A new report has been released that estimates the cost of the Trump Administration’s proposed plan to bail out failing coal and nuclear plants across the country. An independent assessment was commissioned by a diverse group of energy industry associations representing natural gas, oil, energy efficiency, storage, grid services, solar, wind and other renewables.
The report was compiled and authored by The Brattle Group, a consultant on utility operations and energy markets, analyzing the cost of providing extra financial support to uncompetitive U.S. power plants. The Group looked at a range of out-of-market payment options to keep the national fleet of coal and nuclear plants available for operation – and not counting the additional cost of actually generating electricity from the facilities.
The report provides the following estimates of direct costs:
- $16.7 billion per year, or roughly $34 billion for two years as proposed, if every coal and nuclear plant in the country were given a uniform ($ per unit of capacity) support at the level of the average financial shortfall experienced by such plants;
- $9.7 billion to $17.2 billion annually, or roughly $20 billion to $34 billion over two years, if only those plants now facing shortfalls were given payments sufficient to cover their operating losses; or
- $20 billion to $35 billion annually, or $40 billion to $70 billion total, if power plant owners were also granted a return on their invested capital in addition to payments for operating shortfalls.
“The magnitude and range of these estimates indicate the significant impact of yet-to-be determined policy design parameters and the uncertainty of the scope and impact of those choices on cost,” the report notes before concluding: “Arresting the retirement of uneconomic generating assets in the current market environment will likely prove quite costly.”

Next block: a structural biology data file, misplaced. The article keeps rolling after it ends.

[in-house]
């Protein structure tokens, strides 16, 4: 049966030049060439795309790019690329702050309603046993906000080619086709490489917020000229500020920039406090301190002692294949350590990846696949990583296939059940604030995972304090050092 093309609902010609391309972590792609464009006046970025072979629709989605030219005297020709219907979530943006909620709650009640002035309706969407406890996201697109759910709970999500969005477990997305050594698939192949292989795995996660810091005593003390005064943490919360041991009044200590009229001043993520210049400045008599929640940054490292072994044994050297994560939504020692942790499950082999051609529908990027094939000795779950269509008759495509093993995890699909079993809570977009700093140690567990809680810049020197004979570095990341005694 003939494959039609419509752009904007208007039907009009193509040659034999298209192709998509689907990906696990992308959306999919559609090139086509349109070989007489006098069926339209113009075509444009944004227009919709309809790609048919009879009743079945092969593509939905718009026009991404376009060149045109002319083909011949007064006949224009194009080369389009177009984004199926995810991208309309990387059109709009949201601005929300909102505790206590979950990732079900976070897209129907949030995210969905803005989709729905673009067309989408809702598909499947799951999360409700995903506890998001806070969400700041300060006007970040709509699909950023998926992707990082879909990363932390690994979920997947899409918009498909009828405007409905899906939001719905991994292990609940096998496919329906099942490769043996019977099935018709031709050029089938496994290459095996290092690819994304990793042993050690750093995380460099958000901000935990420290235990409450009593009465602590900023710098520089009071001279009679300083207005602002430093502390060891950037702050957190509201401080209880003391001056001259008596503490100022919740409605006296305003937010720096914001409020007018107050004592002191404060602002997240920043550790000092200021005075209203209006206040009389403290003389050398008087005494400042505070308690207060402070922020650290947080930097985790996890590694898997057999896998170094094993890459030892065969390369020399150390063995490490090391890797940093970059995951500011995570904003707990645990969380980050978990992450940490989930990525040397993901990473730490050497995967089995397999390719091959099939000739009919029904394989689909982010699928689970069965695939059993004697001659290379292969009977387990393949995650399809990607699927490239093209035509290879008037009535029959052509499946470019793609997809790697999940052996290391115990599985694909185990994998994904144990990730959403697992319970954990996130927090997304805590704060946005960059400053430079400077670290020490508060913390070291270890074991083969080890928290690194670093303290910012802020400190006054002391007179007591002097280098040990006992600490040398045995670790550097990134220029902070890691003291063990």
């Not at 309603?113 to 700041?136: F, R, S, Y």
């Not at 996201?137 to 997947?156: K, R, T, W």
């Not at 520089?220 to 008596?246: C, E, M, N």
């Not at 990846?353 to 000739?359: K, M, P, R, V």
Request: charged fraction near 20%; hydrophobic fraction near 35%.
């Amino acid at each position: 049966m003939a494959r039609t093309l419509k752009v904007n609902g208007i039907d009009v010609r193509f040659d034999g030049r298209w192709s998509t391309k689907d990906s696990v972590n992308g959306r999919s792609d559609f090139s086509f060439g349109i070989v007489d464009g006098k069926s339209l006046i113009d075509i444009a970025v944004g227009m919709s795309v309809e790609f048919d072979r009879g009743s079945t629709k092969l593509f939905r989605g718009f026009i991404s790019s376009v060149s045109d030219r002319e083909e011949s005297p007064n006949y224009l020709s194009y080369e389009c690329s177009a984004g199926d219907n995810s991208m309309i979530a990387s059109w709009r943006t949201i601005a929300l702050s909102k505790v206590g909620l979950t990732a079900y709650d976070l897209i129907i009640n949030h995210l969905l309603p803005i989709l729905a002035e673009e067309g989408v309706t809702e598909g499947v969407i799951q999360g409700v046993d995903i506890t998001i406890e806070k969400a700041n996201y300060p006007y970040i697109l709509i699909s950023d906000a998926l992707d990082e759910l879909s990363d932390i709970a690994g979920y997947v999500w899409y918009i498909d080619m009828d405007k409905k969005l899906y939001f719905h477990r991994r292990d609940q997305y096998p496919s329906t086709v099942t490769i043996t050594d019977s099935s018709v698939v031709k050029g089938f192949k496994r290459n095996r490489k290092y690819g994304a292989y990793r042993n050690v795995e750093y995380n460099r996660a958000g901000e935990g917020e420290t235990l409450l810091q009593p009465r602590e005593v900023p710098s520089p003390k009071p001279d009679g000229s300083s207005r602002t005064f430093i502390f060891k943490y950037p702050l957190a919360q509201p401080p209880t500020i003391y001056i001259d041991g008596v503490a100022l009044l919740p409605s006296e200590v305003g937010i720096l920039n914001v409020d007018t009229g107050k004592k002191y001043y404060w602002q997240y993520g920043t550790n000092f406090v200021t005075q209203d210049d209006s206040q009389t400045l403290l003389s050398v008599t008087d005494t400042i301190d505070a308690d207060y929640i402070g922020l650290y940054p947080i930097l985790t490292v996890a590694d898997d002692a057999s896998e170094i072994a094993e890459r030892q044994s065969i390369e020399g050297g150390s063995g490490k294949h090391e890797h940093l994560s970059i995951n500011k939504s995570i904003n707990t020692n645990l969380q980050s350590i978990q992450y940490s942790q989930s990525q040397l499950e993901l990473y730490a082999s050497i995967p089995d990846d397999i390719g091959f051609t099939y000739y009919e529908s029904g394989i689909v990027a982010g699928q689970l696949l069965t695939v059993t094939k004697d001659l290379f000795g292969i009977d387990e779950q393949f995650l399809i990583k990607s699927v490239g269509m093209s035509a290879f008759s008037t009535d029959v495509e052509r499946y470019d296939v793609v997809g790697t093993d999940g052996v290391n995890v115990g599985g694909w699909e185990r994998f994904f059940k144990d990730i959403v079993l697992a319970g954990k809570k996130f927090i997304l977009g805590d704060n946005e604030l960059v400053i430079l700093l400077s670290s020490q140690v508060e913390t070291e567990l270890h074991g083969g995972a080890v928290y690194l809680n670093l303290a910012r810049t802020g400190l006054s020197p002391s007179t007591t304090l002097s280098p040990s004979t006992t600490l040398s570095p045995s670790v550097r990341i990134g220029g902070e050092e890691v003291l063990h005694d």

Numerous national business groups, including the American Wind Energy Association (AWEA), funded the Brattle Group report, and issued statements on its findings. For the list of organizations and full statement, click here.
“This report sheds light on how costly the Administration’s coal and nuclear bailout could be,” stated Amy Farrell, Senior Vice President for Government and Public Affairs at AWEA. “The $10 to $35 billion this policy would take from American taxpayers to keep failing businesses open each year for the next two years is just the down payment – this misguided bailout would also completely upend the competitive electricity markets that are delivering billions in consumer savings. That’s a steep price to pay in an era of U.S. energy abundance, when independent regulators and grid operators agree that orderly power plant retirements do not constitute an emergency.”
John Hughes, Electricity Consumers Resources Council President and CEO, said: “This report clearly shows that proposals to prop up coal and nuclear resources will needlessly raise the cost of electricity and hamstring U.S. manufacturers to compete in increasingly competitive domestic and international markets. I fear, however, the impact is underestimated and that the actual impact on consumers will be worse.”
“Giving aging power plants that are not needed to keep the lights on $34 billion just to exist – that’s money for nothing,” said Malcolm Woolf, Advanced Energy Economy Senior Vice President of Policy. “It’s too high a price to pay when advanced energy resources and competitive markets can provide the necessary services to keep our grid affordable, reliable, and secure. Independent assessments confirm that these power plants – most of which are decades old – are not needed to ensure reliability or security. We urge the Trump Administration to abandon, and Congress to resist, this exercise in crony capitalism, which comes at the expense of American businesses, families, and economy.”
Filed Under: News, Policy